The enforcers have failed in controlling cyber crime and online fraud and this also is done with the corporate players. While the laws like legislating for hacking and corporate crime is necessary, it is also necessary to make agencies like ICAC and AFP more powerful removing procedural fetters that now shield the corporate criminals, there is also a safety aspect involved. These crimes often make the city and state inhospitable by not only defrauding but encouraging street crimes.
In Australia, legislations have not made a great dent in controlling these crimes. As Braithwaite (1992) argued, some crimes like insider trading for example the chance of getting caught is very slim and penalty for insider trading would have to be set at over $100 million to make it rational to desist from the practice. Australia is still in the deterrence trap by fining the firm. Thus "there are other reform options beyond becoming just another country which increases the level of cash fines or prison sentences for corporate criminals." (Braithwaite, 1992)
Some of the examples are the orders of the type that makes a mockery of punishments like probation, adverse publicity orders and community service orders. The South Australian Criminal Law and Penal Methods Reform Committee of 1978 also called the Mitchell Committee recommended stringent punishments that were ignored by Australian governments. Thus it has made the nation known for business shysters, and the Australian politicians refuse to get tough on corporate crooks. (Braithwaite, 1992)
The legislature has from time to time changed penal provisions for cases under the corporations law wherein a civil penalty of up to $200,000 may be imposed under 1317EA for a breach. Some punishments like "the application of the disqualification provisions of the corporations law applying to directors, liquidators, securities dealers and investment advisers may prevent such persons from being employed in such a position again" (Tomasic, 1993)
However the law is treated by the enforcers with little consideration. One case that is pointed out is that of the Qintex group of companies in the 1990 case of Qintex Australia Finance Ltd. v Schroders Australia Ltd. It was a complictio that made Rogers CJ say that the subsidiary companies and called for legislative intervention to prevent fraud. (Tomasic, 1993) the second aspect that has gone unchecked is insider trading which is another form of corporate criminal conduct and this was the issue with the Committee on Securities and Exchange in 1974 or known as the Rae Committee. Though the decade long issues have been dealt with by enactments over the periods, there is no substantial improvement in the enforcement of law against the white collar criminal. This is the case for Australia but it can be emphasized that the U.S. also is struggling with the issue. (Tomasic, 1993)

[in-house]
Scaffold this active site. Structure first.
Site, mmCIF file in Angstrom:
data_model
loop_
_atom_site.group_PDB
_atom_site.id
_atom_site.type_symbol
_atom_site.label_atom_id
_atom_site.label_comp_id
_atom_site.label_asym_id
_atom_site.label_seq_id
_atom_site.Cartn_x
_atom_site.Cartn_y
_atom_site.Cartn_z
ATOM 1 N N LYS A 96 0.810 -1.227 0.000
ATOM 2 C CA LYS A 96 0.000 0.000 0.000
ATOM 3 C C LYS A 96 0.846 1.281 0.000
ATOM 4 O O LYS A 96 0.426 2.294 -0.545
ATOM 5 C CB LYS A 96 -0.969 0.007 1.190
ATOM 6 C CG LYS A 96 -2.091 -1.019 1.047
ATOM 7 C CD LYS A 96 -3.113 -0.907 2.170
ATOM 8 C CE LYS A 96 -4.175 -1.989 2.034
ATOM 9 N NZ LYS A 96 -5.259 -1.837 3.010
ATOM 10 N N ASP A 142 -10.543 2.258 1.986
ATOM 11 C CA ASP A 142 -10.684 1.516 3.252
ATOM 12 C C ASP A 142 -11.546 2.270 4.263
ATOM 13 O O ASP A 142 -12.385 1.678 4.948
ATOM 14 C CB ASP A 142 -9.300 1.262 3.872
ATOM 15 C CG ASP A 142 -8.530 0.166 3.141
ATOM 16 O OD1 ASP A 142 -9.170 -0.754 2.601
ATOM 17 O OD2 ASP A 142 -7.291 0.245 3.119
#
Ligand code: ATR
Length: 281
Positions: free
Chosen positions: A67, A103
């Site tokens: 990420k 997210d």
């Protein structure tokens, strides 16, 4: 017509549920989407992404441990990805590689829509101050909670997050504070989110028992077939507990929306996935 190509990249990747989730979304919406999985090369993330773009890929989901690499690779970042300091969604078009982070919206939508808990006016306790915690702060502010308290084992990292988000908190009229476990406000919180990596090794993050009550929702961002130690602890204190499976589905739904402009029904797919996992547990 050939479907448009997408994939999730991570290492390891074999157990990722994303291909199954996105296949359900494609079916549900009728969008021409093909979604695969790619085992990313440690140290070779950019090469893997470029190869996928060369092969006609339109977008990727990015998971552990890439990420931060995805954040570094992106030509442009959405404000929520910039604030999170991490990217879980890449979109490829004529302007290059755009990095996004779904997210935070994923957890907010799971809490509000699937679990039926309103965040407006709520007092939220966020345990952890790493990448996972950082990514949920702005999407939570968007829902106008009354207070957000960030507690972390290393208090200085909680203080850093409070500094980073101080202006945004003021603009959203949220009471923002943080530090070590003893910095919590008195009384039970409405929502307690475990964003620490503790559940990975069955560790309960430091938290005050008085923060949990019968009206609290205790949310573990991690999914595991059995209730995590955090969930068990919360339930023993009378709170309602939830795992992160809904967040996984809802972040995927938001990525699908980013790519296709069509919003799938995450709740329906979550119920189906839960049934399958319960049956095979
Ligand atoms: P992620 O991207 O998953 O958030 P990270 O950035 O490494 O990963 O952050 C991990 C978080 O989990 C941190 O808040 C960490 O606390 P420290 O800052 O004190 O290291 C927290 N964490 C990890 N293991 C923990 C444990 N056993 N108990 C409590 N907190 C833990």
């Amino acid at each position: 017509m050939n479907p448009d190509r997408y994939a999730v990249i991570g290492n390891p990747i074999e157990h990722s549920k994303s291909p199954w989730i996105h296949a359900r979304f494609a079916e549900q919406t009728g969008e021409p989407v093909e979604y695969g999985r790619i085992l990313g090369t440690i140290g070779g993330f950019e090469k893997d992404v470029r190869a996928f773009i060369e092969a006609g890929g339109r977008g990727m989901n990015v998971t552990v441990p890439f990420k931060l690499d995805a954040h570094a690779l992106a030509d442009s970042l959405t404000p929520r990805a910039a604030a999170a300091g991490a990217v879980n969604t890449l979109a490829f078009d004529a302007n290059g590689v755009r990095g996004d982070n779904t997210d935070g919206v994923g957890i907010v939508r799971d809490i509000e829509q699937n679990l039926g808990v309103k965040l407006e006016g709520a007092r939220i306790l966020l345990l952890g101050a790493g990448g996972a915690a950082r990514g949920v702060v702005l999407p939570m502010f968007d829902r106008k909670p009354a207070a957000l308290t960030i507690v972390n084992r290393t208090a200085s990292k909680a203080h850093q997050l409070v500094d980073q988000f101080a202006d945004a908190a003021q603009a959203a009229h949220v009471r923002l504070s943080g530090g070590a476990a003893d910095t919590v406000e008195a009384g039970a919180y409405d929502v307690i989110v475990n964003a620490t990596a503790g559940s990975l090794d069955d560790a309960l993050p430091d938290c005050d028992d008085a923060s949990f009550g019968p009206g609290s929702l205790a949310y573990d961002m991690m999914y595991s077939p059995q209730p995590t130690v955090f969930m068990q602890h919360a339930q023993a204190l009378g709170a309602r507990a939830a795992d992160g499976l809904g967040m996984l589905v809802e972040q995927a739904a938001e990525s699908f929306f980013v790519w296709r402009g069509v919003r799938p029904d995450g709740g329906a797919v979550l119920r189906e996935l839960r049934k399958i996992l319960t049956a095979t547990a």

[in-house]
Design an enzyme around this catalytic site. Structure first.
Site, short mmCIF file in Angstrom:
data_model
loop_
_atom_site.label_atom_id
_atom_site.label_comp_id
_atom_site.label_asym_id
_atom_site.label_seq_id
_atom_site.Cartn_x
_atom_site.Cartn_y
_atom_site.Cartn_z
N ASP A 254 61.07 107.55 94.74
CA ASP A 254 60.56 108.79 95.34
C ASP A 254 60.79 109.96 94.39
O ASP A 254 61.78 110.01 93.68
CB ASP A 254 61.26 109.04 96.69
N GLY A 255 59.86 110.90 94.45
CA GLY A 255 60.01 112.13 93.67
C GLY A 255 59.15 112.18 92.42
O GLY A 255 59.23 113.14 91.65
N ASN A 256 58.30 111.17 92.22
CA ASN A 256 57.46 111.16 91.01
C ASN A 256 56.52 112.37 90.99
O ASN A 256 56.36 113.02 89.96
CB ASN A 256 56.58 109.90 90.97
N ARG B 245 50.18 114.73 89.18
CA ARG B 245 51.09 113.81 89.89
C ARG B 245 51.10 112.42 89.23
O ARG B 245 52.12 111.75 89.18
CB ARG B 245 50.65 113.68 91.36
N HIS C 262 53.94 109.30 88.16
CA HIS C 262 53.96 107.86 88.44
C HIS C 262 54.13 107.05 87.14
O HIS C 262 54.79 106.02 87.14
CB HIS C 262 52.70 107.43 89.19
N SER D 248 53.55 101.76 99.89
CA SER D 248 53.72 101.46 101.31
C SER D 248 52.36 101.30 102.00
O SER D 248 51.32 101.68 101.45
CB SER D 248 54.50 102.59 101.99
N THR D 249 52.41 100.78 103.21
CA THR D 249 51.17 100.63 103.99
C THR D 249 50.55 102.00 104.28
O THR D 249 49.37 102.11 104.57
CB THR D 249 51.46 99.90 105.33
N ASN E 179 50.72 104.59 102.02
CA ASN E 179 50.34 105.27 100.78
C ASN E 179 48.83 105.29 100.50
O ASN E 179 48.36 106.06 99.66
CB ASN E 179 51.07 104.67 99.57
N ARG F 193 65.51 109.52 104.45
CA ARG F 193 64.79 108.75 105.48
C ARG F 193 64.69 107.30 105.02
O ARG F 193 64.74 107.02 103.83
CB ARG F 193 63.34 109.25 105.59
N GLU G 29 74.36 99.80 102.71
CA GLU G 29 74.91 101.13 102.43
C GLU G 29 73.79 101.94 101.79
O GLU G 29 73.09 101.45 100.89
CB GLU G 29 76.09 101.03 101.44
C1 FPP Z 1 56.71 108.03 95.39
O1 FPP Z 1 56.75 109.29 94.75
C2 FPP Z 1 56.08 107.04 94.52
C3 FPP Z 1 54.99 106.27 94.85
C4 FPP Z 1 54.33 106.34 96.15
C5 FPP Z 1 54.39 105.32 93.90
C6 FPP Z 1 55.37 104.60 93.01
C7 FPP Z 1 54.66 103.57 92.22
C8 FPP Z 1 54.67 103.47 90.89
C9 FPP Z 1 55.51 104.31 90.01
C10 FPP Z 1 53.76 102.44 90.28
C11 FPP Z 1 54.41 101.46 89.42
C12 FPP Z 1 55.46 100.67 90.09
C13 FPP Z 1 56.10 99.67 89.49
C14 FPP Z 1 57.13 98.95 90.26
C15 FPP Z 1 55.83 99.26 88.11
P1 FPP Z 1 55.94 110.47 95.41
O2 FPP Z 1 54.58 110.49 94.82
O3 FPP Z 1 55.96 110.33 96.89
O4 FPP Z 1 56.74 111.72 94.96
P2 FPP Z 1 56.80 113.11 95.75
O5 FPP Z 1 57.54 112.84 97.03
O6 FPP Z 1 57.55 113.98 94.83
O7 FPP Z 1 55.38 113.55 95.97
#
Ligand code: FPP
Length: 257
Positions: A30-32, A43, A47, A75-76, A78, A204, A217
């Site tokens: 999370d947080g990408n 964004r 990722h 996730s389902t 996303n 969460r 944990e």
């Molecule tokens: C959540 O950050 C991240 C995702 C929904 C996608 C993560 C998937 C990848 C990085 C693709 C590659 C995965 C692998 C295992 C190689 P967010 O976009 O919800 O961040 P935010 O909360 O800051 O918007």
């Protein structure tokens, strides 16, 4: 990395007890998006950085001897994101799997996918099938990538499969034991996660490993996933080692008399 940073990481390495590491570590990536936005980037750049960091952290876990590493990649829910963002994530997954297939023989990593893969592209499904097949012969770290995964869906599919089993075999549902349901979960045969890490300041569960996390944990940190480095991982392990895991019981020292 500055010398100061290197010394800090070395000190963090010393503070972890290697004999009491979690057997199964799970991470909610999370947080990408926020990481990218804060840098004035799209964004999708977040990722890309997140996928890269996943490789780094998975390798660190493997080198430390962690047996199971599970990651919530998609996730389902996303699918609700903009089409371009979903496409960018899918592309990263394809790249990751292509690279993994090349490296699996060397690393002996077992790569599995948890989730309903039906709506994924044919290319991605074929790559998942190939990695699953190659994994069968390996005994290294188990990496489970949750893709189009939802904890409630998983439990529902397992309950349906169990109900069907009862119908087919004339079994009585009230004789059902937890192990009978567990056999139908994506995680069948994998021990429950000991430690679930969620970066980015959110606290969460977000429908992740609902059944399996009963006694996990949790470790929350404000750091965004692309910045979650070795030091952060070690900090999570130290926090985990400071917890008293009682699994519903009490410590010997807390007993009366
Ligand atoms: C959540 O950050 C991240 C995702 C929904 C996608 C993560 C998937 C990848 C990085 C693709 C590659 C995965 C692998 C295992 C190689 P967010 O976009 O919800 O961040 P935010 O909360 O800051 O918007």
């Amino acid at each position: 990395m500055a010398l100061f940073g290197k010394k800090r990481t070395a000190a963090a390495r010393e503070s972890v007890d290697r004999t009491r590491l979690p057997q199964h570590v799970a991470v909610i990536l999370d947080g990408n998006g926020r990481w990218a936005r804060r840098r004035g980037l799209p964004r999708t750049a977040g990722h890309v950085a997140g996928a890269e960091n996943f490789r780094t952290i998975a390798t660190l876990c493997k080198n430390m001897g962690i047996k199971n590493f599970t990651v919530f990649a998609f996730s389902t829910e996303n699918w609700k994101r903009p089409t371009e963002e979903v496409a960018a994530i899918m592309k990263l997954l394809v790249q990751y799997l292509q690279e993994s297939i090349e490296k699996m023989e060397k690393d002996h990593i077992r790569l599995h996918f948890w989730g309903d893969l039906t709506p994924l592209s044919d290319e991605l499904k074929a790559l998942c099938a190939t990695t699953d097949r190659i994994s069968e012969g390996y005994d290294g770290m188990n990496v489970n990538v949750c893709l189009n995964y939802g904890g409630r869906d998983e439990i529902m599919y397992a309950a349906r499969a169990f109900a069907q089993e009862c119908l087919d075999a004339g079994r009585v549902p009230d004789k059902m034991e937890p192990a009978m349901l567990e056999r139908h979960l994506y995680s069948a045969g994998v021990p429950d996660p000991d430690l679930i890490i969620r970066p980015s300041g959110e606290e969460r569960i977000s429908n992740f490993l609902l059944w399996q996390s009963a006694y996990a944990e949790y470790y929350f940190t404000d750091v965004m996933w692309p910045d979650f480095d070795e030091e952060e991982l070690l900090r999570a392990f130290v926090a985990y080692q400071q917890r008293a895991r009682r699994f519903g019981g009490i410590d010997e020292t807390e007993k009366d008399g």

The U.S. experience has shown that the safety of the city and less crime is a factor of the type of the population demographics, methods of housing and the chances of vice and formation of gangs, the most effective thing that affects the rates of crime perhaps is the efficient policing in the county. Thus the third aspect of the county safety relates to the policing aspects and crime prevention goes hand in hand both for street crimes and for white collar crimes. Throughout the nation the police has identical from and style. It is same in procedures, methods and enforcement. It appears to be immutable although in the beginning of the century there was a major crisis and after the advent of the terrorists the changes in the police force have made it more responsible, self-conscious and therefore is more support for policing and therefore there is also a change in the way the county is policed. (Sparrow; Moore; Kennedy, 1990) the agencies have just begun to realize the threat the type of crime can pose to the state and its security. It is hoped that the agencies will use the power vested in them in a better manner to produce results.
The crime that can be strictly defined as 'white collar' is controversial. The economic crime, violation of statutes other than criminal law must be seen as white collar crime. This is because after the globe has been networked a new type of criminal the terrorist is operating on a global basis and most of them hide under a corporate banner. This involves state security and therefore the state must pay…